“The most common overwhelming reaction is that they cannot believe that the minerals — their crystal shapes and colors — are 100 percent natural and the way Hashem created them,” notes Heshy.

Ironically, Heshy’s business evolved out of his passion for his hobby. He used the experience he gained creating minerals.net to launch his career; his Azurite Marketing company creates websites and provides marketing for professional companies and organizations.

Rock of Ages

The formation process of the minerals Heshy collects is incredibly complicated. The complexity of geology is part of Maaseh Bereishis, and each of the three types of rock — igneous, sedimentary, and metamorphic — contain different minerals that can develop in a variety of ways.

Much of the volcanic rock Heshy owns comes from basalt, which is rock formed by solidified lava that hardened as the earth was created and expanded. As the rock stretched and cooled, air pockets formed throughout. The chemical elements inside these pockets crystallized and grew, forming the structures that mineral collectors like Heshy continue searching for today. In places where hot lava flowed into water, significantly increasing its temperature, larger air pockets were created in the underlying rock, and larger crystals formed in those cavities.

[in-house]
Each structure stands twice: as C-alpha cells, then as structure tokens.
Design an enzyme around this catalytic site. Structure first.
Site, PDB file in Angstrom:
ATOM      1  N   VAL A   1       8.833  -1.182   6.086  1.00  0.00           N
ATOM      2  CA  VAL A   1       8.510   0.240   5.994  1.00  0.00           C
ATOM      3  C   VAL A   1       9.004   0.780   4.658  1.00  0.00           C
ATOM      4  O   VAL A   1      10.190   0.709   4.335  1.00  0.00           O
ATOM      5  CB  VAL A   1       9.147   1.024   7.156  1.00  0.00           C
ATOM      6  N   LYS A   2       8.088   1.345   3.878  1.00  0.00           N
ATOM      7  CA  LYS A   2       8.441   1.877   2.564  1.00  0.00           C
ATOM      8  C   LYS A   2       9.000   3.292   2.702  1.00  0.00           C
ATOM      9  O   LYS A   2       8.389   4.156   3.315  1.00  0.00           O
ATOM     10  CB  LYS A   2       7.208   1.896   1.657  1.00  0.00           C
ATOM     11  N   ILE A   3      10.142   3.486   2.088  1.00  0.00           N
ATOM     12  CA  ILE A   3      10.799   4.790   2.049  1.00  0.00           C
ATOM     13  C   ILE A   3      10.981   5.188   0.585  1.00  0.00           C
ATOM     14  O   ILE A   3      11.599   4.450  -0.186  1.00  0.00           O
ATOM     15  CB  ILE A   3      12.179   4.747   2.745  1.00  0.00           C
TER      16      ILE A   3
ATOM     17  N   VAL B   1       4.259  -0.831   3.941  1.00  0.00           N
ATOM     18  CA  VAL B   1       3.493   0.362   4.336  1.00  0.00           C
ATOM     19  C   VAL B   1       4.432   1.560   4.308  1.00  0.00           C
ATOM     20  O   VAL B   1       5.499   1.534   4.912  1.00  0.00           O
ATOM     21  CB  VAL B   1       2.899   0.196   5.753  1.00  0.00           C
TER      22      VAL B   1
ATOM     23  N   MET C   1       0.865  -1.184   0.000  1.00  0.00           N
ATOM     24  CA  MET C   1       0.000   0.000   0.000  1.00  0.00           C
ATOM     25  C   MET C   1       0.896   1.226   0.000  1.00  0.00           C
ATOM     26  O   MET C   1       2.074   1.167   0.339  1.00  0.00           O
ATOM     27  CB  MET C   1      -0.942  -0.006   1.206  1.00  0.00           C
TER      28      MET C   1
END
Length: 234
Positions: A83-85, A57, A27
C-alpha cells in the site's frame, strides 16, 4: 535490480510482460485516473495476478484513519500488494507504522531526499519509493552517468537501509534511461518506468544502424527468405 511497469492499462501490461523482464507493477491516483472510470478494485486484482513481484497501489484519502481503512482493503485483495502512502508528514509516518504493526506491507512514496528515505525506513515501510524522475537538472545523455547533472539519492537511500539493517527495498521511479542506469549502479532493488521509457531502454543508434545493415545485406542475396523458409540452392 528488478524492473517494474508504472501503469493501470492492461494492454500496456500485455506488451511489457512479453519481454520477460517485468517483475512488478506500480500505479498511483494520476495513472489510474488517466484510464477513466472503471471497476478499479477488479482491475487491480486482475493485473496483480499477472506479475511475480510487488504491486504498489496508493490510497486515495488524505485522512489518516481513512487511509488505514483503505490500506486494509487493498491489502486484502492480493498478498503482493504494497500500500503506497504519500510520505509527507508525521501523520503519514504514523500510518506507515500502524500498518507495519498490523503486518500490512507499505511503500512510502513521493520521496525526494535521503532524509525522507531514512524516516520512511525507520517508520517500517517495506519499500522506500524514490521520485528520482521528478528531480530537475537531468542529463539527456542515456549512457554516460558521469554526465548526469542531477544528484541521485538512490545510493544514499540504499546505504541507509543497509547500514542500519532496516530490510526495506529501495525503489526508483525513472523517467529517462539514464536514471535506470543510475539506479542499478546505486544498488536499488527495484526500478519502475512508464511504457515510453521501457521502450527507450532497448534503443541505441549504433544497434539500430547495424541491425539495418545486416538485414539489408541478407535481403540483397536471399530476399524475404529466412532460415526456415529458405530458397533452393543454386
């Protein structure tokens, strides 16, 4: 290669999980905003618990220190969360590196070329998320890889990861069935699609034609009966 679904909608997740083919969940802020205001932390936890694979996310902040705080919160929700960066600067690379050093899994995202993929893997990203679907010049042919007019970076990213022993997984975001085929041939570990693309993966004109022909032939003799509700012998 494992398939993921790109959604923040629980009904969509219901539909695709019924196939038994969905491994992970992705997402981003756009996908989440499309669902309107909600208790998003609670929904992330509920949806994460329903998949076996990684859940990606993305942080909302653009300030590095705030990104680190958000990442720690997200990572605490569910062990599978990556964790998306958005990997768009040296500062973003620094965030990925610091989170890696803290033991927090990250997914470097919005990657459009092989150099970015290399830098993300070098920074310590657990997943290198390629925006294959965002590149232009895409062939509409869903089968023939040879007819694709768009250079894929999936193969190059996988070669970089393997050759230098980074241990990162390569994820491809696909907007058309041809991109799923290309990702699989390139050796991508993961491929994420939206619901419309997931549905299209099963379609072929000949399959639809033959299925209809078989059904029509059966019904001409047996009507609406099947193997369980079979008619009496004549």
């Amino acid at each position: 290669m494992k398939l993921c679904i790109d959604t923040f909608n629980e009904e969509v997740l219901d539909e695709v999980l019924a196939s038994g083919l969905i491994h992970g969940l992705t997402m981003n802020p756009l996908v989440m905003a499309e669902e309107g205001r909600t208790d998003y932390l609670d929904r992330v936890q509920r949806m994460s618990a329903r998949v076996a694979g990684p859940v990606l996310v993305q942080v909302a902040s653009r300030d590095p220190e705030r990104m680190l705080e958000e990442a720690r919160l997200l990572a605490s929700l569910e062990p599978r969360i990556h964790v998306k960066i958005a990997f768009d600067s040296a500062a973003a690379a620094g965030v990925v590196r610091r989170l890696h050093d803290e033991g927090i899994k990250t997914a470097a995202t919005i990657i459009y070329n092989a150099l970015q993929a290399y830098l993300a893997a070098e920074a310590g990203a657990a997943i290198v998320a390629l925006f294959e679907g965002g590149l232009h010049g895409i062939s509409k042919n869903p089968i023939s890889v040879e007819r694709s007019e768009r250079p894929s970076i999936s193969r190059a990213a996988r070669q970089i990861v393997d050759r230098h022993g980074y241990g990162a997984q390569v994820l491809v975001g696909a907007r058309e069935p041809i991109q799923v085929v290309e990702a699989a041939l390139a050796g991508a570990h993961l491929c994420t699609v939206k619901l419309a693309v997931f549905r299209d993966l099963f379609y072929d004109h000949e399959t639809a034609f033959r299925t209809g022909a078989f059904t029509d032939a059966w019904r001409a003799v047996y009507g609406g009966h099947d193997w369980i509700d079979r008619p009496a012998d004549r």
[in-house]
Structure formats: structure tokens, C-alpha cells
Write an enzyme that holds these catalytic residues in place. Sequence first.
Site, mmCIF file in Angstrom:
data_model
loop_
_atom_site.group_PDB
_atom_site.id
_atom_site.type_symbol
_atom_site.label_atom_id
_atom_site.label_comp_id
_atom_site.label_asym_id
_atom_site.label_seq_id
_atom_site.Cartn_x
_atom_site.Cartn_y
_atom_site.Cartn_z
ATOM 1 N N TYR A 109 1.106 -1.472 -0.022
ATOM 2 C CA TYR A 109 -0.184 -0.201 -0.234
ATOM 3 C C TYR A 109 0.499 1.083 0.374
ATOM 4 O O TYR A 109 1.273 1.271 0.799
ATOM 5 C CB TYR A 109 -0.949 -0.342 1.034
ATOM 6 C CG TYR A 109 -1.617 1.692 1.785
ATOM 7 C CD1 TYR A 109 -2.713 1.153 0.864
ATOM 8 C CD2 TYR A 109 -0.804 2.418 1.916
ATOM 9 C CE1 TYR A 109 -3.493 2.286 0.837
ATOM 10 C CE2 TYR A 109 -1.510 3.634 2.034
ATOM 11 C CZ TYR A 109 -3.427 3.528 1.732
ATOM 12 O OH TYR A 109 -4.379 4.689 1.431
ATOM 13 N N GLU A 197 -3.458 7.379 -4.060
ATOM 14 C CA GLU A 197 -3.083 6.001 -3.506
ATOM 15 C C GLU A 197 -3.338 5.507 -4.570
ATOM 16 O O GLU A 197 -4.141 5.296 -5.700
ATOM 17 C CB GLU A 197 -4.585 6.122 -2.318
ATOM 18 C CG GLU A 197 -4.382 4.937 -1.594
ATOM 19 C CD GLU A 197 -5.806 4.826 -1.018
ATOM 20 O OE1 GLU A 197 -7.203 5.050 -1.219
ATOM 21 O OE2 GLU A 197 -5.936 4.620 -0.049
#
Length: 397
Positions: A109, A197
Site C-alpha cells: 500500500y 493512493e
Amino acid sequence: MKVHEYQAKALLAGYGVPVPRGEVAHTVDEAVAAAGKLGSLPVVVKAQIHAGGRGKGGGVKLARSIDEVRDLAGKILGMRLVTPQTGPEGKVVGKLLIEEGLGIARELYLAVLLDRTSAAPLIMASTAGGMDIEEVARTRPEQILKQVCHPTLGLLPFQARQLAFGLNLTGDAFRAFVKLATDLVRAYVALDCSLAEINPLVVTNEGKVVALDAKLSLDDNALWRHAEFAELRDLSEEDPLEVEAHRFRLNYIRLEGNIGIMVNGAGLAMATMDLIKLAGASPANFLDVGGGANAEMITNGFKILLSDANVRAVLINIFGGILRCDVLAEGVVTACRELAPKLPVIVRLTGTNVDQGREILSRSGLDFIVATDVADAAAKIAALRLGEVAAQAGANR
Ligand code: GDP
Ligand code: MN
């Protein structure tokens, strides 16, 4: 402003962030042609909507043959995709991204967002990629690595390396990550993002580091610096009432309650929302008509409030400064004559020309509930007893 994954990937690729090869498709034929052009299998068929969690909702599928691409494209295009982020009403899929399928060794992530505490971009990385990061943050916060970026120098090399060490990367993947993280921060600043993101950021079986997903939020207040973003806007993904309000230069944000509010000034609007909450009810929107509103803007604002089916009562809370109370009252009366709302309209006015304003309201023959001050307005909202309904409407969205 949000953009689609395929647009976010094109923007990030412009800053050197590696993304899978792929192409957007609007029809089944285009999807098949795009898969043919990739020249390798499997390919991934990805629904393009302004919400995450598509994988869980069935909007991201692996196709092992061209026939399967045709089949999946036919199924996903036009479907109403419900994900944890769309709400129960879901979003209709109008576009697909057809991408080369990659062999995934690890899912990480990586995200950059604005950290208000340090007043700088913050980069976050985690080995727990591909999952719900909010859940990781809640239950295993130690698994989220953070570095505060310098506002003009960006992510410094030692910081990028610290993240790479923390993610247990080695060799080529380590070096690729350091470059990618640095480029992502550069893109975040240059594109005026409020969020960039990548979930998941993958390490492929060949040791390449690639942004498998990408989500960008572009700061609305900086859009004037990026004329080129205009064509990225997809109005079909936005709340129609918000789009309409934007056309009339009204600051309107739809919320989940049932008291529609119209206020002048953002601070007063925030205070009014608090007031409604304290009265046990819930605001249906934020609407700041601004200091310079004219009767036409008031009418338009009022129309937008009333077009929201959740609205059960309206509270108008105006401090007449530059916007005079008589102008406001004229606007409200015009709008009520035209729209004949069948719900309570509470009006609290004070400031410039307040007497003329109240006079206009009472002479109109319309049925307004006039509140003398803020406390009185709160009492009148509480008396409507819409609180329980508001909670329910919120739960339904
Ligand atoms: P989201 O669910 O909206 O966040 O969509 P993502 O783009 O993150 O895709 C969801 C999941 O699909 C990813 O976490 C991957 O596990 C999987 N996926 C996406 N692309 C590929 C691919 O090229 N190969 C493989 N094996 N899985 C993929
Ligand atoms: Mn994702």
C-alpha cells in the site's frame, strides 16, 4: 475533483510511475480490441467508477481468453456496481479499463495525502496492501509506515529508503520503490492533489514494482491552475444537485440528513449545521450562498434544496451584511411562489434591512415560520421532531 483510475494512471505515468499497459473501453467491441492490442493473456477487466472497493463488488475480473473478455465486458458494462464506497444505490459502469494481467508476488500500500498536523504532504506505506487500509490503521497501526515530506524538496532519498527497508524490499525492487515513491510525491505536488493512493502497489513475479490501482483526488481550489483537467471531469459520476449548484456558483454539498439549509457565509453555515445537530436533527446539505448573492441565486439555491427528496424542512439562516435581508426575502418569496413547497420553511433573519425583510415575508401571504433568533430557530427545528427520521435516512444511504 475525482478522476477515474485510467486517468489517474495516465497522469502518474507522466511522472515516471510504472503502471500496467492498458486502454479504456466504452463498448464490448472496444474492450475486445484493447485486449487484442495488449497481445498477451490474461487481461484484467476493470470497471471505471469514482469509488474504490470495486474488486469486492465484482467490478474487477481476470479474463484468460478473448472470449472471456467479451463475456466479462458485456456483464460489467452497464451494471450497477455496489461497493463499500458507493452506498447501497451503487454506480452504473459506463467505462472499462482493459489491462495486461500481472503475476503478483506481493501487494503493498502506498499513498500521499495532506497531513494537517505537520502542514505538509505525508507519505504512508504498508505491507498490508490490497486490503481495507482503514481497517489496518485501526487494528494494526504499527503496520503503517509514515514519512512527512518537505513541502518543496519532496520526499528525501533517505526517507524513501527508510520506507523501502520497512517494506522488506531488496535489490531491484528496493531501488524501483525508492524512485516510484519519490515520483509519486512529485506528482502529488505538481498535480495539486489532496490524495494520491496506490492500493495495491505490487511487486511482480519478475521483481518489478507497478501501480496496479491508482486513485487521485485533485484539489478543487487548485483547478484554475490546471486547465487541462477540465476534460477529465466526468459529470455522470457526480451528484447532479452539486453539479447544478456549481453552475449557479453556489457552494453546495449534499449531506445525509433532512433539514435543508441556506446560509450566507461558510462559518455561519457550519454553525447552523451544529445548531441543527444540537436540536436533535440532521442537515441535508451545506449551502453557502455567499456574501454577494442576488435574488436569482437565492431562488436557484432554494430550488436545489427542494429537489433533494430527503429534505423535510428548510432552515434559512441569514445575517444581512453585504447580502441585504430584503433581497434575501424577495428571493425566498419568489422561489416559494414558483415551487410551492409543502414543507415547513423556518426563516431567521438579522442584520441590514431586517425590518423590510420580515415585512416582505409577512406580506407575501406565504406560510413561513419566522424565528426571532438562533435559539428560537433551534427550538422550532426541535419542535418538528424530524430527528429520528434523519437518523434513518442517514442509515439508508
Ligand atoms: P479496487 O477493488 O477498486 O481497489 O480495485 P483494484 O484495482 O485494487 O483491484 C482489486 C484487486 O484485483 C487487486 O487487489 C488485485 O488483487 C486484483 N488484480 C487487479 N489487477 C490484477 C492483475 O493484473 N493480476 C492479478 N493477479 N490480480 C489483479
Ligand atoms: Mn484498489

Sedimentary rock is formed in unaltered layers and includes rocks such as shale, slate, and limestone. While the sedimentary rock of the Catskill Mountains, for example, has hardly any mineralization, other locations have fared differently, with minerals formed when certain conditions are met. Perhaps the most commonly known mineralization in sedimentary rock are the spectacular formations that can be seen in caves, where dripping water picks up both calcium and carbon as it passes through the rock. As the water evaporates, calcium carbonate is left behind on the caves’ ceilings and floors, accumulating over time into stalagmites and stalactites. In metamorphic rock, which is subject to heat and pressure, the components of the actual rock react to those changes, forming it into minerals and crystals.